Not every brand, however, took a retrospective approach. Bulgari – in a move that garnered considerable attention – chose a defiantly forward-looking stance, introducing a timepiece that notably raised the bar. The Octo Finissimo Minute Repeater is the world’s thinnest minute repeater, elegantly employing a series of differently pitched chimes to tell the time to the nearest minute.

Complicated thin wristwatch movements, as manifestly presented here, are rare and understandably so, due to the technical challenges involved in creating them. Very few companies have mastered the requisite precision techniques, with Bulgari a comparative newcomer to this elite fraternity, gaining admission with the 2014 rendition of the Octo Finissimo Tourbillon as its calling card.

With the Octo Finissimo Minute Repeater, its case is just 6.85mm thick, more than a millimetre thinner than the previous “thinnest minute repeater” – a much-loved offering from Vacheron Constantin – and comes in at 40mm wide.

Fashioned from titanium – a logical choice given its strength and light weight, the metal also has none of the sound-deadening qualities of gold or platinum. A further stylistic innovation, although one with a clearly practical bent, is the way that the hour markers and small second dial have been cut out from the dial, rather than being embedded. As well as looking suitably elegant, this allows the interior case space to be used to its fullest as a resonance chamber for the chimes.


Taking a somewhat different approach to both its past and future glories was Glashütte Original. This year, it offered a new take on its Senator Chronometer, a piece first introduced back in 2009 as a conscious homage to those marine chronometers that were produced in the 1940s and 1950s.

The version debuting at Baselworld, however, notably upgraded the design along more contemporary lines. The case was slimmer, and fashioned from white gold, as were the stylishly and elegantly designed hands.

Taking a peek inside, the Senator Chronometer is driven by the manual winding Calibre 58-01, while also boasting a refined second-stop mechanism. When the crown is pulled out, the time display stops and the second hand is reset to zero, holding there while the minute hand jumps ahead to the next full minute index. This ensures that the exact relationship between seconds and minutes can be continuously maintained.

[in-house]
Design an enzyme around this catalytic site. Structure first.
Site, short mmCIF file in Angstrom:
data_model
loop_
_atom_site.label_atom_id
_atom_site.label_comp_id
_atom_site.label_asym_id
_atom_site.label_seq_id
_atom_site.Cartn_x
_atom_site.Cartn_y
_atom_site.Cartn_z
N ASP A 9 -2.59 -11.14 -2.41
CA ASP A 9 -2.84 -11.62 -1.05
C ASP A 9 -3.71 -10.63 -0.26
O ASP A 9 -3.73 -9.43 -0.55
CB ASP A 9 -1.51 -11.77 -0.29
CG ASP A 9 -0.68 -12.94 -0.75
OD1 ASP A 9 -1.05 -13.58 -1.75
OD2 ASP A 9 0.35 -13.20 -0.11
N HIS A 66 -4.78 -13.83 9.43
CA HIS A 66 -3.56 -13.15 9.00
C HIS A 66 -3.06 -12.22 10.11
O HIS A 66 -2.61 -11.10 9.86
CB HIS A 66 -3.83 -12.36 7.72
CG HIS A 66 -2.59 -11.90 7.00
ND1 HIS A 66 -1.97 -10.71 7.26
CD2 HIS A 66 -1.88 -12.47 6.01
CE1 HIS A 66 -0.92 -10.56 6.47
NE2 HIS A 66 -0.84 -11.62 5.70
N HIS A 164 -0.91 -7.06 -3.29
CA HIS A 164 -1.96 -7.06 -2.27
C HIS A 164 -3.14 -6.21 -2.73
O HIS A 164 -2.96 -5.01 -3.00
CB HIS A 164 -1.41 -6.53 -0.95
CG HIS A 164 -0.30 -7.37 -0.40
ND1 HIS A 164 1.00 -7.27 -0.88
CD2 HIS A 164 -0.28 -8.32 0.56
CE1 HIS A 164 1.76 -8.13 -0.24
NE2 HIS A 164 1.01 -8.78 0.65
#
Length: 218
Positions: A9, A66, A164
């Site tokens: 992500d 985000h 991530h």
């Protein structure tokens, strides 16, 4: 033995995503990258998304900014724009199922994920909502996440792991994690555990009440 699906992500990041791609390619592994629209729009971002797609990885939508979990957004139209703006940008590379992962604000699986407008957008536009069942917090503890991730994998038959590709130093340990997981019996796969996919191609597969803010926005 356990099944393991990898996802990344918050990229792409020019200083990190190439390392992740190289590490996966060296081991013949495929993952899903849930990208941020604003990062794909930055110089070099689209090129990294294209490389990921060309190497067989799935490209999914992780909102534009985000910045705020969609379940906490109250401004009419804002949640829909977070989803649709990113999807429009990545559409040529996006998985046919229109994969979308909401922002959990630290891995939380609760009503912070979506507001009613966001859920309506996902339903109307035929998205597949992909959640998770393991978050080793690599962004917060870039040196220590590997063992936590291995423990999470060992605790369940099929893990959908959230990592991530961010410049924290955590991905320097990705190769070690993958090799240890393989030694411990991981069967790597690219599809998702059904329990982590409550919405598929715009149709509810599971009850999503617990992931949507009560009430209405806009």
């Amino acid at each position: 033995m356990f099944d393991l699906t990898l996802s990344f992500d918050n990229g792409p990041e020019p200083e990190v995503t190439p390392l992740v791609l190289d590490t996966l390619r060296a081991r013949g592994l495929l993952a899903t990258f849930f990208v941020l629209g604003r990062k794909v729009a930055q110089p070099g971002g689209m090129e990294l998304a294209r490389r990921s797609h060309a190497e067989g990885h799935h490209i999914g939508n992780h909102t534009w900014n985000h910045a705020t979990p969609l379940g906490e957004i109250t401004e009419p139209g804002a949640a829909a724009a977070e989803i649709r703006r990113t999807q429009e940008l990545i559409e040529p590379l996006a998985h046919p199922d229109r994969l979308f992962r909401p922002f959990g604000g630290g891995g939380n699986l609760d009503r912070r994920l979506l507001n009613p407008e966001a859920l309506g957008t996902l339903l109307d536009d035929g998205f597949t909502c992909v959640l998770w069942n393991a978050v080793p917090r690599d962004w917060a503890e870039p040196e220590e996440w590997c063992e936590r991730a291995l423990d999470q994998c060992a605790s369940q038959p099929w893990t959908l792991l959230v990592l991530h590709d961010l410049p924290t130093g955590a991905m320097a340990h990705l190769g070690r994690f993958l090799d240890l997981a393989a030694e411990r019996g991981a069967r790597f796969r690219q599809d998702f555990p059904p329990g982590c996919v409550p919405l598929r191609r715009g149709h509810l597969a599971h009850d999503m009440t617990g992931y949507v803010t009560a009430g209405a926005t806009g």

Another brand that opted to make significant revisions to one of its landmark pieces was Tudor, the innovative Swiss watchmaker now approaching its 50th anniversary. This year, the company unveiled a new addition to its Heritage Black Bay collection, one fashioned largely in bronze.


Recent years have seen the company experiment with a variety of colours for the Black Bay, with red, blue and black bezels all having put in an appearance. Bronze, of course, comes with some particular historical connotations, most notably its echo of the classic deep-sea diver’s helmet.

As with the nautical headgear that inspired it, its colour will inevitably change over time, gaining a distinct greeny patina. Other than its colour, the new model maintains a great deal of the look and style of the earlier Black Bays – snowflake hands, a large crown and a clean and easy to read design.

While this updated model characteristically features numbers at the three, six and nine o’clock positions, there are few stylistic differences lurking below the surface. This, for instance, is the first Black Bay to use Tudor’s in-house movement. As with the rest of the family, its calibre MT5061 boasts a 70-hour power reserve, while its chronometer-rated movement has been certified by the Contrôle Officiel Suisse des Chronomètres (COSC).

It is perhaps significant that at such a challenging time for the luxury watch industry, so many have chosen to emphasise their historic achievements. While Longines’ Equestrian Pocket Watch Jockey may capitalise on the brand’s legacy in a different way to Tudor’s Heritage Black Bay, both celebrate landmark achievements, while adding that degree of contemporary functionality.

At a time when new companies and new technologies are at the very gates of the haute horology citadel, it is no surprise that the old masters turn to a daunting fusion of tradition and innovation as their surest line of defence. These, after all, were the two principles on which the industry was born.